by Kieron Gillen, Dan Abnett & Andy Lanning (writers), Carmine di Giandomenico (art), Andy Troy (colors), and Clayton Cowles (letters)
The Story: So what did Sigurd’s spell do? Not that much…it just turned all the Asgardian gods into humans.
The Review: What an utterly bizarre issue. Of course, that’s rather the point. Through Sigurd’s spell, Gillen and DnA effectively turn the world topsy turvy and the surreal, dream-like atmosphere that results is certainly part of this issue’s appeal. Also, there is a certain joy the writers take in finding appropriate human roles for the depowered gods (who seemingly have forgotten their godliness). Loki is an avid pen-and-paper role player, always a player in the game of his devising. Volstagg is a baker who eats all of his own products (except the healthy stuff). Sif teaches an MMA class. For the most part, it all makes sense, and seeing what role each god occupies is rather amusing.
A big problem, however, is the dialogue. Gillen and DnA elect to have the gods speak colloquial English (though their dialogue still has that Asgardian lettering) to reflect their human status. This is great in theory, but not so good in practice, as it means that the Asgardians no longer sound like themselves at all. For instance, Thor’s talking like an average joe takes something away from the essence of the character. I see where the writers were coming from, but in execution, it falls flat, as the characters, in losing their distinctive voices, essentially become entirely different people.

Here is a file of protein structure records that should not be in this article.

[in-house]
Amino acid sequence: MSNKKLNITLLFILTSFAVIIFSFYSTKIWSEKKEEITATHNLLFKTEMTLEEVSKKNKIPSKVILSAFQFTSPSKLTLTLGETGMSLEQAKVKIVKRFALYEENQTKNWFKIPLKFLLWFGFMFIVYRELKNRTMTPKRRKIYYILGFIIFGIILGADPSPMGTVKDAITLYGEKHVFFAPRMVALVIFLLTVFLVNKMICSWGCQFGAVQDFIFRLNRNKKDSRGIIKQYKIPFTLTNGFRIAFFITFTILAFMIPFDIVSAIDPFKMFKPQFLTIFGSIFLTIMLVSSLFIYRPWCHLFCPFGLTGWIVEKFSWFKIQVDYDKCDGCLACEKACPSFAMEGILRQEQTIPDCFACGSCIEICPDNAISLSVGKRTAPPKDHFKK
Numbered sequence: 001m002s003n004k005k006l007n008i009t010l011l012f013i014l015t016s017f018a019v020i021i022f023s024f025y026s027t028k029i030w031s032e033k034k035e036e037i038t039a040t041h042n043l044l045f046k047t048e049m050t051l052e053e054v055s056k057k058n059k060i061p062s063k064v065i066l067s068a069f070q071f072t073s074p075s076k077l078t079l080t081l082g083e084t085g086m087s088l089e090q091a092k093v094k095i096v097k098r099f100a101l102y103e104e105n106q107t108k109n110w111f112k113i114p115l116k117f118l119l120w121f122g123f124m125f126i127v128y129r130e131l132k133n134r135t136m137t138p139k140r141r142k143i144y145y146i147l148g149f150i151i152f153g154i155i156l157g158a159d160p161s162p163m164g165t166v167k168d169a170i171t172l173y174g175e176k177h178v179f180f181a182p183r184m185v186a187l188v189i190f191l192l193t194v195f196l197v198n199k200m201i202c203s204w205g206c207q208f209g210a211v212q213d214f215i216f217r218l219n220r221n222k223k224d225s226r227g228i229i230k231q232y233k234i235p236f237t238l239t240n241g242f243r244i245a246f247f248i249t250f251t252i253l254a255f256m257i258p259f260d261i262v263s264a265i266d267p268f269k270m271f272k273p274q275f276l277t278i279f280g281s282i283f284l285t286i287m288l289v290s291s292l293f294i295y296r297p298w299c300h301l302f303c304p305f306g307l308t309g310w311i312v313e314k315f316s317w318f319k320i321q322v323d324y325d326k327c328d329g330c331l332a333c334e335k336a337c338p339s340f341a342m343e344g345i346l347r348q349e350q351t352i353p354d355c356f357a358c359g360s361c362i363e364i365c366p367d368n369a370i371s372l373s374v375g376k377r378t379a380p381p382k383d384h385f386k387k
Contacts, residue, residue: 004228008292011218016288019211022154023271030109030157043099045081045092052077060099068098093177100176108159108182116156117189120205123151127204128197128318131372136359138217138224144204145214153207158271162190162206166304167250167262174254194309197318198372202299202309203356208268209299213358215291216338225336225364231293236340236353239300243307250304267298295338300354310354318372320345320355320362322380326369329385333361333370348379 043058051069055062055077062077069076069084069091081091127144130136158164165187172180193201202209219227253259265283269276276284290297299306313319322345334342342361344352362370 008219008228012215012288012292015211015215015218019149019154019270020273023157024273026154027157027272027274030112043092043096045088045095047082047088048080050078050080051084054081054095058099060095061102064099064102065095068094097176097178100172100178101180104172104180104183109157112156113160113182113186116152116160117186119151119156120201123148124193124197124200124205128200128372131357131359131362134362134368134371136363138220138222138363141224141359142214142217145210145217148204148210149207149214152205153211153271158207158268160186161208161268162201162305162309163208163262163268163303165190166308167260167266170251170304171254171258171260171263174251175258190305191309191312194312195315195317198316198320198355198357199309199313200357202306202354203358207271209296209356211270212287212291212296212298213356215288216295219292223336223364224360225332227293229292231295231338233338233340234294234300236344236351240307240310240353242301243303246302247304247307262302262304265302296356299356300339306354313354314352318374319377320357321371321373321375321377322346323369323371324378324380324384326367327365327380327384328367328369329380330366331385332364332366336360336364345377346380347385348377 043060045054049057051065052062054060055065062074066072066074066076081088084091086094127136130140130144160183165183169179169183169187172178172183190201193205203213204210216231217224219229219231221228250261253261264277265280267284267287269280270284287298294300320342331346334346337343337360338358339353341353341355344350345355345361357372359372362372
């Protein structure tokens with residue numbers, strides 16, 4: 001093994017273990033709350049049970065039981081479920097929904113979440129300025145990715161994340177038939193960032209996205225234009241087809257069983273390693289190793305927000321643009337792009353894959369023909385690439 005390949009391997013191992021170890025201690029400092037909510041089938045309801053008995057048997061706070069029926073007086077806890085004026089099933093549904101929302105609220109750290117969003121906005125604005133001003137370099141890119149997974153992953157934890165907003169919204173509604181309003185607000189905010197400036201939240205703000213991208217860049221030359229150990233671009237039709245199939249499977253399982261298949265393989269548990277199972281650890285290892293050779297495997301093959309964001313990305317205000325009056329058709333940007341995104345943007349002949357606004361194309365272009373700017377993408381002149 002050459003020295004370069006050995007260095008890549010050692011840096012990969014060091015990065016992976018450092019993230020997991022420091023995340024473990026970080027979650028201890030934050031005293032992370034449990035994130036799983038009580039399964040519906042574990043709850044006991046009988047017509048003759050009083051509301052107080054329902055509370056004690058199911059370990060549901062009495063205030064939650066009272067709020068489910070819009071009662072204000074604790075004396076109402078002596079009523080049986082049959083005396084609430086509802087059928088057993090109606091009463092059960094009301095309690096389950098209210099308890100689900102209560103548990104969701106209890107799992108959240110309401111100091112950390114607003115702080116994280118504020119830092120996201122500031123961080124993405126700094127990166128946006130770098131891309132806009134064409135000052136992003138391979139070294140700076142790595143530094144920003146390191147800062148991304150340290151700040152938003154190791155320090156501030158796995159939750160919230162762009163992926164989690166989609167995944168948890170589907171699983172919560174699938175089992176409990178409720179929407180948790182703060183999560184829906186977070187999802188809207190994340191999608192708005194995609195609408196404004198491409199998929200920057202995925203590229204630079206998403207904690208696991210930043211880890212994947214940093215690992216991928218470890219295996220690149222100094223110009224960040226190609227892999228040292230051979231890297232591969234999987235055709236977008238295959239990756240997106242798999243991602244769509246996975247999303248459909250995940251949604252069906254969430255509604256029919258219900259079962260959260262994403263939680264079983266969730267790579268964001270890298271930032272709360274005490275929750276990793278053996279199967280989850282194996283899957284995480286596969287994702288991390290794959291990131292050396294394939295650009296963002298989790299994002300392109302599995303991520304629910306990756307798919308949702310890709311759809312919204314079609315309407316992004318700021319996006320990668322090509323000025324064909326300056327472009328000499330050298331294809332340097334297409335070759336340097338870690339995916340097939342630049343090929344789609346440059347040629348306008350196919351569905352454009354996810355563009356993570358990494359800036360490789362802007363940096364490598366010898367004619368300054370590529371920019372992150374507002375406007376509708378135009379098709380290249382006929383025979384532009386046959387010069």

Worse still, while JIM rarely falls flat when it comes to humour, Loki’s narration just didn’t work for me here. Gillen has the issue narrated as though it were a game of D&D in which Loki is the player character. It feels strained and forced and ultimately distracts, showing far too much artifice on Gillen’s part.
Sadly, the artwork didn’t work for me either. Di Giandomenico’s work is often guilty of cutting corners, skimping on detail when he can get away with it. That said, he’s not the prime offender. Andy Troy’s colors are the real problem here. Troy goes for a very strange, extremely blotchy style with a ruddy palette. The result is art that ends up looking messy and muddy. The blotchiness alone is so prevalent that it almost single-handedly ruins whatever merit the artwork has.
That said, for all I’ve railed against this comic, things really do get better towards the end. Once Loki regains memory of his godliness and can, hurray, talk like himself again, it’s as though the whole comic breathes a gigantic sigh of relief. The laughs start flowing again, Loki shows great chemistry with the “Mutants New,” and the comic feels like its old self. Not only does the comic get quite good, and certainly more amusing, after this point, but it’s a good sign for future issues in that much of this issue’s weirdness was a one-time only affair.
Also in these closing portions of the comic, we get to see a little more of Sigurd, in his non-armoured form. He’s a fairly fun character, even if a bit archetypical. The guy’s a total dick, unwilling to admit to his obvious foul-up, and is unjustifiably confident. Better still, he apparently has ties to the old, evil, adult Loki, a tease which I hope will be built upon in future issues. Also, on the last page, for all I’ve derided the artwork, Di Giandomenico’s take on the now human Disir is excellent.
Conclusion: Gillen and DnA took some daring creative risks for this issue, but they did not pay off at all. You can’t win them all.